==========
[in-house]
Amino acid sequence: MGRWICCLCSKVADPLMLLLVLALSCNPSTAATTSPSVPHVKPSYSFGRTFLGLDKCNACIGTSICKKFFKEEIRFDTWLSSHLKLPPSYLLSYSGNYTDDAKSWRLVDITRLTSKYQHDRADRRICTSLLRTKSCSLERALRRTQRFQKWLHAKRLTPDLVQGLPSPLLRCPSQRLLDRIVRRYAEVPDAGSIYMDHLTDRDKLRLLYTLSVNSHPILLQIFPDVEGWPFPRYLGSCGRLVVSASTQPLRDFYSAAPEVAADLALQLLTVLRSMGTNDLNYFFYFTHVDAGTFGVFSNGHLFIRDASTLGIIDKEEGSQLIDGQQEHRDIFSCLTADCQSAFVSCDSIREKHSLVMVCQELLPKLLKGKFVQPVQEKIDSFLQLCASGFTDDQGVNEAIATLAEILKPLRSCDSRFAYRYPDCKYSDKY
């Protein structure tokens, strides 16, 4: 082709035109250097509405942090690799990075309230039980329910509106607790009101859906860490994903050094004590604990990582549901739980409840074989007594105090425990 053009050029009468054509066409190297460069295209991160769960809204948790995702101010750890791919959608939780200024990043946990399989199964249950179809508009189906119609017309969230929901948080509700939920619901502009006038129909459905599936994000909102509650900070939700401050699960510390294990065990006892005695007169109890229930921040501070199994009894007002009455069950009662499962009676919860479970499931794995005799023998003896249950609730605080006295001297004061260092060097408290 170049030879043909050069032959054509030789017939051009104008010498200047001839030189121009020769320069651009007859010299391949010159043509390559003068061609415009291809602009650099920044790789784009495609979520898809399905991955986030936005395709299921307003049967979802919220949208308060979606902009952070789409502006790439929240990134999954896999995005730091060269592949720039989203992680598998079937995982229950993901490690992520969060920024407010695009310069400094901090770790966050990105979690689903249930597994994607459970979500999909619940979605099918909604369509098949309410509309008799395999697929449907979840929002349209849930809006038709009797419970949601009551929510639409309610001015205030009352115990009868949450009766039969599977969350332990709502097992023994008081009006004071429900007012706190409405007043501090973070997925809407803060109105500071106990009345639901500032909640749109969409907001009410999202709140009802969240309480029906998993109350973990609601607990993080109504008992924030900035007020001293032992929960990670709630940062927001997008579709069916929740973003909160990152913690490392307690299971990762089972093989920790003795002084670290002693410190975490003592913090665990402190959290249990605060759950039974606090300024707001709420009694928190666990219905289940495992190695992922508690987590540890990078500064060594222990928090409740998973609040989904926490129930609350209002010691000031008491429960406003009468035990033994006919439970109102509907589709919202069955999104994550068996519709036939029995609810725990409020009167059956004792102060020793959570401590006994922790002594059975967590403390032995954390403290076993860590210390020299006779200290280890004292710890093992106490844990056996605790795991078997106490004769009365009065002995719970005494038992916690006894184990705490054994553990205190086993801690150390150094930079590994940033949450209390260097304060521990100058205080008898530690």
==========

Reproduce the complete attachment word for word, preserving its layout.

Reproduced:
[in-house]
Amino acid sequence: MGRWICCLCSKVADPLMLLLVLALSCNPSTAATTSPSVPHVKPSYSFGRTFLGLDKCNACIGTSICKKFFKEEIRFDTWLSSHLKLPPSYLLSYSGNYTDDAKSWRLVDITRLTSKYQHDRADRRICTSLLRTKSCSLERALRRTQRFQKWLHAKRLTPDLVQGLPSPLLRCPSQRLLDRIVRRYAEVPDAGSIYMDHLTDRDKLRLLYTLSVNSHPILLQIFPDVEGWPFPRYLGSCGRLVVSASTQPLRDFYSAAPEVAADLALQLLTVLRSMGTNDLNYFFYFTHVDAGTFGVFSNGHLFIRDASTLGIIDKEEGSQLIDGQQEHRDIFSCLTADCQSAFVSCDSIREKHSLVMVCQELLPKLLKGKFVQPVQEKIDSFLQLCASGFTDDQGVNEAIATLAEILKPLRSCDSRFAYRYPDCKYSDKY
């Protein structure tokens, strides 16, 4: 082709035109250097509405942090690799990075309230039980329910509106607790009101859906860490994903050094004590604990990582549901739980409840074989007594105090425990 053009050029009468054509066409190297460069295209991160769960809204948790995702101010750890791919959608939780200024990043946990399989199964249950179809508009189906119609017309969230929901948080509700939920619901502009006038129909459905599936994000909102509650900070939700401050699960510390294990065990006892005695007169109890229930921040501070199994009894007002009455069950009662499962009676919860479970499931794995005799023998003896249950609730605080006295001297004061260092060097408290 170049030879043909050069032959054509030789017939051009104008010498200047001839030189121009020769320069651009007859010299391949010159043509390559003068061609415009291809602009650099920044790789784009495609979520898809399905991955986030936005395709299921307003049967979802919220949208308060979606902009952070789409502006790439929240990134999954896999995005730091060269592949720039989203992680598998079937995982229950993901490690992520969060920024407010695009310069400094901090770790966050990105979690689903249930597994994607459970979500999909619940979605099918909604369509098949309410509309008799395999697929449907979840929002349209849930809006038709009797419970949601009551929510639409309610001015205030009352115990009868949450009766039969599977969350332990709502097992023994008081009006004071429900007012706190409405007043501090973070997925809407803060109105500071106990009345639901500032909640749109969409907001009410999202709140009802969240309480029906998993109350973990609601607990993080109504008992924030900035007020001293032992929960990670709630940062927001997008579709069916929740973003909160990152913690490392307690299971990762089972093989920790003795002084670290002693410190975490003592913090665990402190959290249990605060759950039974606090300024707001709420009694928190666990219905289940495992190695992922508690987590540890990078500064060594222990928090409740998973609040989904926490129930609350209002010691000031008491429960406003009468035990033994006919439970109102509907589709919202069955999104994550068996519709036939029995609810725990409020009167059956004792102060020793959570401590006994922790002594059975967590403390032995954390403290076993860590210390020299006779200290280890004292710890093992106490844990056996605790795991078997106490004769009365009065002995719970005494038992916690006894184990705490054994553990205190086993801690150390150094930079590994940033949450209390260097304060521990100058205080008898530690």